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 “The economic challenges that began in 2007 continue to have a lasting effect on our society, and the education sector has been one of the hardest hit. In total, 85 percent of the country’s 14,000 school districts have been forced to slash their operating expenses.” (Innovation in Tough Times) This contraction has left many educators in a difficult position. Yes- there have been many negative outcomes that have resulted because of the downturn, but there is a silver lining.

Education has changed little to none in the past 150 years.  I am a member of the millennial generation, and I have been a participant of the public education system for almost 14 years. Overall, I have had a decent experience. However, the experience that I had was nearly identical to the one that my parents had over two decades ago. For me, almost every school day was indistinguishable. Monday through Friday I’d reluctantly wake up at the unearthly hour of 7 AM, rush to school, sit through six hours of lecture, go to practice, come home and unload my 30 pound backpack stuffed with outdated textbooks, then read and prepare for yet another day of school that awaited me the next morning. Frankly, this monogamous chain of events caused me to disengage with the learning process.

Yet in some ways the recent economic instability has forced the evolution of school districts. Schools no longer have the funding to teach the way they have always taught and not innovating is no longer an option for many districts. The decrease in budgets is making the choice for them; they are being forced to evolve. Educators must find new and innovative ways to increase test scores, attendance rates and student motivation levels with a fraction of the budget. For many districts, technology has been the instrument for not only reducing costs, but also updating the teaching and learning model to motivate and re-engage an entirely new generation of students.

“Everywhere else in our economy, ‘digital’ is forcing businesses to let their customers customize their clothing, their cuisine, their news, and most anything else they want to buy; (our challenge…) is to help us do the same for a child’s education.”

-    Rupert Murdoch

Why hasn’t the education system evolved faster? For years, technology has been seen as a distraction by education officials. Now, many districts are beginning to realize that it’s quite the opposite. Technology is not a distraction. It’s an enabler. Many schools are implementing 1:1 laptop initiatives (Mooresville Digital Conversion- Put Kids First) and “bring your own device” programs. These initiatives are coupled with online and project-based learning.  As a result of these programs, educators have seen dramatic results in student performance. If utilized properly, technology can lead to a far greater level of student engagement and motivation.

Technology can also be used to dramatically reduce, and even eliminate, administrative costs. The Rockwood, Anoka-Hennepin, Mooresville, Walled Lake and Paradise Valley school districts are only a few of the districts that have found ways to reduce costs through the implementation of technology.

The Rockwood school district is leading the way on this front. By virtualizing their system, Rockwood has been able to reduce their server count from 85 to 65. This saves them around $200,000 annually. Furthermore, they’ve purchased a mix of computer models that has resulted in over $1 million in savings. An energy management system allows administrators to shut down computers that are not in use. They’ve estimated that this saves them about $150,000-$200,000. These are only a few of the ways that technology has helped districts exponentially reduce their overhead.  Byreducing overhead, educational institutions are finding new ways to invest in their core mission of educating students: video for distance learning, unified communications for enhanced collaboration, online learning.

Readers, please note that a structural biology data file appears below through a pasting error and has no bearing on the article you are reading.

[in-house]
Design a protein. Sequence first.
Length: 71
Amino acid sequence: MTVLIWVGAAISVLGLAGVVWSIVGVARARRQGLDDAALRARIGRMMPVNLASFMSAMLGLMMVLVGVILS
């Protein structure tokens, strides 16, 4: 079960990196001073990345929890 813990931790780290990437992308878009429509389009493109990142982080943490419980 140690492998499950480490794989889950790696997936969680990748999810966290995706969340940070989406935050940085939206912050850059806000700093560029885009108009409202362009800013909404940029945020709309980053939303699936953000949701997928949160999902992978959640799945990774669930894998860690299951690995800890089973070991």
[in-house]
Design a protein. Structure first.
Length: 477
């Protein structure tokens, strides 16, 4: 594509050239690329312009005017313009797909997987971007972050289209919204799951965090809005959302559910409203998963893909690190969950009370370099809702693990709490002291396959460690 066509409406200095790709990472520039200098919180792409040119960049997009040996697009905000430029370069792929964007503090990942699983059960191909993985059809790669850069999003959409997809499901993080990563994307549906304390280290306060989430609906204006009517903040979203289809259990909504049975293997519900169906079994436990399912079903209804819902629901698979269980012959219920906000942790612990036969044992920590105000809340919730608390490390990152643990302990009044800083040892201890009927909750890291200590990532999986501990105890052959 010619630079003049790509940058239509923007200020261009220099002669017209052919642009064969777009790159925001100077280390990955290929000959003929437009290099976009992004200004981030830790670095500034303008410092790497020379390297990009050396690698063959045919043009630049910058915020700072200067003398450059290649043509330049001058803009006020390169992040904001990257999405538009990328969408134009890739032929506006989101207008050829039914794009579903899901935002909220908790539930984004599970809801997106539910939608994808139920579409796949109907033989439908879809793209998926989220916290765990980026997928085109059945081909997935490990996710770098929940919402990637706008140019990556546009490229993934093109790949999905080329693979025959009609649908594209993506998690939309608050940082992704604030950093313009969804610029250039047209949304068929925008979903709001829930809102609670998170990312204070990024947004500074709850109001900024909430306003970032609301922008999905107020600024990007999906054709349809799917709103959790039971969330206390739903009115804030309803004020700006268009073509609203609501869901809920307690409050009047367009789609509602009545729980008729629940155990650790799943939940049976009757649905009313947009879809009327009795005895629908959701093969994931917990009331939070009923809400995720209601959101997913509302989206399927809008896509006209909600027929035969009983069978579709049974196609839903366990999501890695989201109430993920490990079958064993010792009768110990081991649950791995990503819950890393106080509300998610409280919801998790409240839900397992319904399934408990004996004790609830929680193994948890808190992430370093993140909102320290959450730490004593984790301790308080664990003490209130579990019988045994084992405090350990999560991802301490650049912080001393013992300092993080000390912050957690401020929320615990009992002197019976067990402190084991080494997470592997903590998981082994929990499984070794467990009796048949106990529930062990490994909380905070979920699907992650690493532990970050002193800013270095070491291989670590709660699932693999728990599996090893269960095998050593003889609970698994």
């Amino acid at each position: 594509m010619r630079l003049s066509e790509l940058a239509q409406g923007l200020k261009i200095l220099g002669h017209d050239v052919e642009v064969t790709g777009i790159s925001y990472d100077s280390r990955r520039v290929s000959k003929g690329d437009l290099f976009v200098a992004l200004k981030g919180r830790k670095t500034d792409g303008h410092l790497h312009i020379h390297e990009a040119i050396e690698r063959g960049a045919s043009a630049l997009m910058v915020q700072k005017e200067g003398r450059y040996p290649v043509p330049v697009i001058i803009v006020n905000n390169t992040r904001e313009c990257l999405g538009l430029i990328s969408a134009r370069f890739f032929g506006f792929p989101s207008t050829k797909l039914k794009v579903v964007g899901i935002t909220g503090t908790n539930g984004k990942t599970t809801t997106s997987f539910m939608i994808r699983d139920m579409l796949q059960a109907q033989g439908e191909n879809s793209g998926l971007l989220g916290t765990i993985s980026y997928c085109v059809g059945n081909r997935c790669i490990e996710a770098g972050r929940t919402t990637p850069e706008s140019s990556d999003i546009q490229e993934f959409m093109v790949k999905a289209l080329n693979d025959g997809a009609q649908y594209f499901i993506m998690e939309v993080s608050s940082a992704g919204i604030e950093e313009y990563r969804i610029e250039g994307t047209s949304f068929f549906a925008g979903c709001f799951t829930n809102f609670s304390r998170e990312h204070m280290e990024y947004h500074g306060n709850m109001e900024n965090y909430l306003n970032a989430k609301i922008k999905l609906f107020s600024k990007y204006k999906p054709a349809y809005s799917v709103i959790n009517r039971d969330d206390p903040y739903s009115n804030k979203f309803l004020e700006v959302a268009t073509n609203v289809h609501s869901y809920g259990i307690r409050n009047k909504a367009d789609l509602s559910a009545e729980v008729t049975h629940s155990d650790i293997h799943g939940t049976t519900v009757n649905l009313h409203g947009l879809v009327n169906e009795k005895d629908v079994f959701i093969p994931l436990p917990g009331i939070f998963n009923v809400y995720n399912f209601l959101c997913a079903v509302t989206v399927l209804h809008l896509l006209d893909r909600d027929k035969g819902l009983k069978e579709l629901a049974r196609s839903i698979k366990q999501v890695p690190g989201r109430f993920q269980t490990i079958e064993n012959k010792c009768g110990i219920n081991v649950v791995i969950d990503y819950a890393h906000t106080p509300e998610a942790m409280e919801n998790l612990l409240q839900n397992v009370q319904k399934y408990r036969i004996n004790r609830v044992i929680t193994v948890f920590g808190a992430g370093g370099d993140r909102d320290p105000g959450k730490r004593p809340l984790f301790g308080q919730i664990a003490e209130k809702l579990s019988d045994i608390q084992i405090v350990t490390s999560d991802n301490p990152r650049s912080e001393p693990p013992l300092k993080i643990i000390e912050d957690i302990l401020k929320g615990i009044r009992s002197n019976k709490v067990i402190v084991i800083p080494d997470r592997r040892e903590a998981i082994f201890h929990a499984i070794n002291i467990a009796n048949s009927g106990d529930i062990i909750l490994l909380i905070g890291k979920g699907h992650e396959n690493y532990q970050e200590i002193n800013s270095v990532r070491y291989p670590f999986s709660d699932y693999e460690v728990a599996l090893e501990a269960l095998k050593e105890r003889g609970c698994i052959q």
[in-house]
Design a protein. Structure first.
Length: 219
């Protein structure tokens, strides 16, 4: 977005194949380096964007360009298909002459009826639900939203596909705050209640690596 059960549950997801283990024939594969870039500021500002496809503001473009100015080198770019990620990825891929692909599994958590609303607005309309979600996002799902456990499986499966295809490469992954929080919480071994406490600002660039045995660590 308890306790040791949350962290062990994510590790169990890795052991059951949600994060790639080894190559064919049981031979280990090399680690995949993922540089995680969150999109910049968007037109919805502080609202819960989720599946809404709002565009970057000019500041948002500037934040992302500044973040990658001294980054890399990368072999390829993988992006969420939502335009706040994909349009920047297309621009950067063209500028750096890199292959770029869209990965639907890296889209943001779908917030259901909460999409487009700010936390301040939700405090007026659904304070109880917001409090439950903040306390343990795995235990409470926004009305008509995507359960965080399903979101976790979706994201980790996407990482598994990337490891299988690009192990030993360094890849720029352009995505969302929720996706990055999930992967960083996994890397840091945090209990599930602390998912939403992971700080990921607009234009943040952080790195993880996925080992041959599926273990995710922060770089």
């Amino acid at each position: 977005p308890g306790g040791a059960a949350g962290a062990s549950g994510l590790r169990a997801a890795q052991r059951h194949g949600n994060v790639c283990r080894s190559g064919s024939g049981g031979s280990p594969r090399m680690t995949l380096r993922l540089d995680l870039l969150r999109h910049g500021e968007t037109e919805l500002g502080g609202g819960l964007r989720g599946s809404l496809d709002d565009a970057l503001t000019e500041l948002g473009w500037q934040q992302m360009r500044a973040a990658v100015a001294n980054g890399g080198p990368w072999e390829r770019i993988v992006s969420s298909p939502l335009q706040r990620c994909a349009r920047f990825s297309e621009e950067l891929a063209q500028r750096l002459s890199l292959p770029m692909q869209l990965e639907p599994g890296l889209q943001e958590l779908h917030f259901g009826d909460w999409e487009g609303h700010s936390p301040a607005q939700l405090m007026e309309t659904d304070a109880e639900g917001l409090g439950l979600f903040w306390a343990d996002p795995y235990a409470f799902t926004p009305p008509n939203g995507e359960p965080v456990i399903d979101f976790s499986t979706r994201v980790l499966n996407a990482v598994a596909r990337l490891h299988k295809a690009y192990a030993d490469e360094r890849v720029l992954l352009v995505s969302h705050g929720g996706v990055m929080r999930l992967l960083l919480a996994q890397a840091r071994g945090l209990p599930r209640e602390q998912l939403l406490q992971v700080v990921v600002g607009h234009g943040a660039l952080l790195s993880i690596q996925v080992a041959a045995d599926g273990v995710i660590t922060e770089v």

As of right now outdated and inefficient technologies are draining hundreds of thousands of dollars from school districts that already struggle with a constrained budget. This problem is one that can be solved by new technology. By updating and implementing new technology systems, schools are now paving the way for the future.

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1 Comments.


  1. Tom,
    I think you may be onto something. When we can no longer do the same as we’ve been doing because the money is not longer there to support it, we have two choices: give up or adapt.

    Implementing change in education must come from two directions simultaneously: the top down and the bottom up. One or the other alone doesn’t work or doesn’t work nearly as well.

    So, if you are a teacher and are ready to try new technologies, strategies, etc. I say, “Go for it.” If the administration or the rest of the teachers aren’t ready for it, you may have to go it alone, the best you can. It might not make you very popular outside your classroom, but the children will benefit.

    If you are an administrator, must you wait until ALL teachers are on board to embrace new technologies? Just go with the ones who are interested. And please be sure to provide ways for them to learn HOW to use it.

    In my opinion, videoconferencing is one of the best investments you can make. You can connect with others who can fill in gaps for you and your teachers and you can do the same for them. Connect with other schools; connect with businesses who use these tools daily – they can teach you, your teachers AND your students. They are usually more than willing, as they are investing in the workforce of the not so distant future!

    Be creative. Money, or lack of it, isn’t the stopper – our attitudes do that.

       0 likes

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